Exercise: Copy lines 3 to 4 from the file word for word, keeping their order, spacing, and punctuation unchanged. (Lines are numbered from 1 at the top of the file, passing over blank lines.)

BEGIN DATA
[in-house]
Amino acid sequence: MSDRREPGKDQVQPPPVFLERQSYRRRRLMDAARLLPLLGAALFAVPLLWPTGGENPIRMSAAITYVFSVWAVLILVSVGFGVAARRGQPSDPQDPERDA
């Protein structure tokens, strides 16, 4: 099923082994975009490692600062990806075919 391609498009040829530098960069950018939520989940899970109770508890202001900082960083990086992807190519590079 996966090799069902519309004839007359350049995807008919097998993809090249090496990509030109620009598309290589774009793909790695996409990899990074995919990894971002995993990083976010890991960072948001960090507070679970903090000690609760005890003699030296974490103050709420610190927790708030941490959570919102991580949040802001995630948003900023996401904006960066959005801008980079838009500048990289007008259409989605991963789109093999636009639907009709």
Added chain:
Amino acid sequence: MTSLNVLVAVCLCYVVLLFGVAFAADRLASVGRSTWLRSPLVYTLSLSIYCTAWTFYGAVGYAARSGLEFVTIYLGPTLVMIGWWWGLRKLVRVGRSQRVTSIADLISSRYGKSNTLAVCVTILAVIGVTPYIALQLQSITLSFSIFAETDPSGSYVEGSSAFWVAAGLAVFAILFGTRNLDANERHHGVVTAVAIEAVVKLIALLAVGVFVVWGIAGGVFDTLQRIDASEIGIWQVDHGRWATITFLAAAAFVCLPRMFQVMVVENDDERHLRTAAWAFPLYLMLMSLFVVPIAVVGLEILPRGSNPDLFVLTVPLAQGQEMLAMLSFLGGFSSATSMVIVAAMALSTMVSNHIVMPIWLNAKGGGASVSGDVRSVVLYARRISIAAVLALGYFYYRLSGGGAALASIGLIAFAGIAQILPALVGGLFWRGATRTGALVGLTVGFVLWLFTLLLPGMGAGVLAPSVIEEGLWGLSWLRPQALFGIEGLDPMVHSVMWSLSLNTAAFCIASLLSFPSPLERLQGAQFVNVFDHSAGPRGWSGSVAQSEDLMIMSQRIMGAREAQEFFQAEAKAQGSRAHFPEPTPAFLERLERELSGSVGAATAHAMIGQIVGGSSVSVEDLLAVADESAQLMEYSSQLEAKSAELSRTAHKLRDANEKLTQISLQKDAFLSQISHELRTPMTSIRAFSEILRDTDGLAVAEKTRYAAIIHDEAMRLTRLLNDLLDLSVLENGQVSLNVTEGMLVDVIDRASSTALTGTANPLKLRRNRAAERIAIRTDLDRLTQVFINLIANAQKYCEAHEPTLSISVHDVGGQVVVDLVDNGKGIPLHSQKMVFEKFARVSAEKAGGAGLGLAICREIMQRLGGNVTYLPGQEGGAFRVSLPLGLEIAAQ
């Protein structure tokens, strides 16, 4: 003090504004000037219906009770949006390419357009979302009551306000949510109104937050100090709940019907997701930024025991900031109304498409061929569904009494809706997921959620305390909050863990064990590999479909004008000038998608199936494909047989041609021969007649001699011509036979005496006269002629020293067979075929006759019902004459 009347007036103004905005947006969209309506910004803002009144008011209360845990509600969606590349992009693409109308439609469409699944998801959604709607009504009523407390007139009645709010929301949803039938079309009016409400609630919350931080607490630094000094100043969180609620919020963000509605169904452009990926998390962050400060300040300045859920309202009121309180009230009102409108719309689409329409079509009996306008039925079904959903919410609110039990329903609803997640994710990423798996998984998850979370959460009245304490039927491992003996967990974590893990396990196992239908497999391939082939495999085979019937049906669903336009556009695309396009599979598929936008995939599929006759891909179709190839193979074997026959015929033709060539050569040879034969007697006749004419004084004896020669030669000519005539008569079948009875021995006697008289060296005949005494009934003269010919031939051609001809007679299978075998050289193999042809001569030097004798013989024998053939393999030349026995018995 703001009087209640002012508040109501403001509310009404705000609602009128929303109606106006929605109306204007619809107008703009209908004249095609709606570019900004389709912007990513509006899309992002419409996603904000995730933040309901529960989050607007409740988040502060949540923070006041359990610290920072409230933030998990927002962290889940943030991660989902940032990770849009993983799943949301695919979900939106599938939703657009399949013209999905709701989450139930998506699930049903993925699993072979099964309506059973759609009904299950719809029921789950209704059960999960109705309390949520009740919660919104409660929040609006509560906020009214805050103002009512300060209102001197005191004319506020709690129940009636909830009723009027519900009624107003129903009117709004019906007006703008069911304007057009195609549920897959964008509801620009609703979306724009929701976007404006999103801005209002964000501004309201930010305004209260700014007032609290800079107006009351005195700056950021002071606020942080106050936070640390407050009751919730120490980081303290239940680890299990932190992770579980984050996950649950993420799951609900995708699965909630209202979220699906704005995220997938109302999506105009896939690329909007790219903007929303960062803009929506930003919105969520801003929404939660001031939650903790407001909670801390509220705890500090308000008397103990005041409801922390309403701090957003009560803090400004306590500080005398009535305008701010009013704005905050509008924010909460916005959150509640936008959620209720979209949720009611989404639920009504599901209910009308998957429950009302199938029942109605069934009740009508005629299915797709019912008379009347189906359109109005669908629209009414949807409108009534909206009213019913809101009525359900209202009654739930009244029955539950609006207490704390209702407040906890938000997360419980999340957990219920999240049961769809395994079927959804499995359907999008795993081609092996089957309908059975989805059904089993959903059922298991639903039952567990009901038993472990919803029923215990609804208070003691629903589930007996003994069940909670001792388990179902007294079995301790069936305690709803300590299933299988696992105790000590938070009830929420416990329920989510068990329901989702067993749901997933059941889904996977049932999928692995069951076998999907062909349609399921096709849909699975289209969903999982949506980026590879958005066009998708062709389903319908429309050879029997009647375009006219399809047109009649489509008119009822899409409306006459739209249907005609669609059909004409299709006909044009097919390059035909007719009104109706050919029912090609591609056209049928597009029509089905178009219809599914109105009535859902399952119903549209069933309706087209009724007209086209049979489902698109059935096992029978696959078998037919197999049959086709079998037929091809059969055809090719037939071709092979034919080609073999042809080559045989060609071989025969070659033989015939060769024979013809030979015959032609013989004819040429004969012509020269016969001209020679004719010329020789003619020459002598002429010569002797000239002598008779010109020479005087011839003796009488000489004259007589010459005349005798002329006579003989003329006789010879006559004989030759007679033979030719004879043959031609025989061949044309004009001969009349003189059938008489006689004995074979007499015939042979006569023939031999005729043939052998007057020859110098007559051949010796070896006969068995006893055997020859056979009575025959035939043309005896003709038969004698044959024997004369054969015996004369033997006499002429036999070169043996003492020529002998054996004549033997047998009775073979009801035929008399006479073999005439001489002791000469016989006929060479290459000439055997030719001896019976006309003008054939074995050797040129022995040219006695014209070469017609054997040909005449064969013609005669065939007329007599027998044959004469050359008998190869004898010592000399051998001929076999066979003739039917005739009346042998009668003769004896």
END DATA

């Protein structure tokens, strides 16, 4: 099923082994975009490692600062990806075919 391609498009040829530098960069950018939520989940899970109770508890202001900082960083990086992807190519590079 996966090799069902519309004839007359350049995807008919097998993809090249090496990509030109620009598309290589774009793909790695996409990899990074995919990894971002995993990083976010890991960072948001960090507070679970903090000690609760005890003699030296974490103050709420610190927790708030941490959570919102991580949040802001995630948003900023996401904006960066959005801008980079838009500048990289007008259409989605991963789109093999636009639907009709």
Added chain: